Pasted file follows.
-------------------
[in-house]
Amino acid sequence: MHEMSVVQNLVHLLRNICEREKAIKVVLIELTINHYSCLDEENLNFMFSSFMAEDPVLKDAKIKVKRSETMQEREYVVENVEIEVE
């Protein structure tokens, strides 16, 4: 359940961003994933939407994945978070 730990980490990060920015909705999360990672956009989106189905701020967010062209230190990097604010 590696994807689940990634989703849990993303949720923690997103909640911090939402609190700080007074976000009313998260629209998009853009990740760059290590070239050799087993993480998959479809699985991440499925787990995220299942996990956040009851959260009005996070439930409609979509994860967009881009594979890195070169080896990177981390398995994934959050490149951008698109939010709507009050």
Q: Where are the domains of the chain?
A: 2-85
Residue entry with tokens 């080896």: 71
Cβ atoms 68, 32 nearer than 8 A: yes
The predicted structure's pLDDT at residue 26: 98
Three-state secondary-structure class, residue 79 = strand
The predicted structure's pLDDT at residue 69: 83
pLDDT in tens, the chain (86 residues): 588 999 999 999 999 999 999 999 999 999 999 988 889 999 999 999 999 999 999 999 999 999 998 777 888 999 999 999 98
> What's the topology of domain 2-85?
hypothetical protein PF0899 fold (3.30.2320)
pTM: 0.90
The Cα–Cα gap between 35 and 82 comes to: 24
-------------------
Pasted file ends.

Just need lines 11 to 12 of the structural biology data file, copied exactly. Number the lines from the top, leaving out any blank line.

pLDDT in tens, the chain (86 residues): 588 999 999 999 999 999 999 999 999 999 999 988 889 999 999 999 999 999 999 999 999 999 998 777 888 999 999 999 98
> What's the topology of domain 2-85?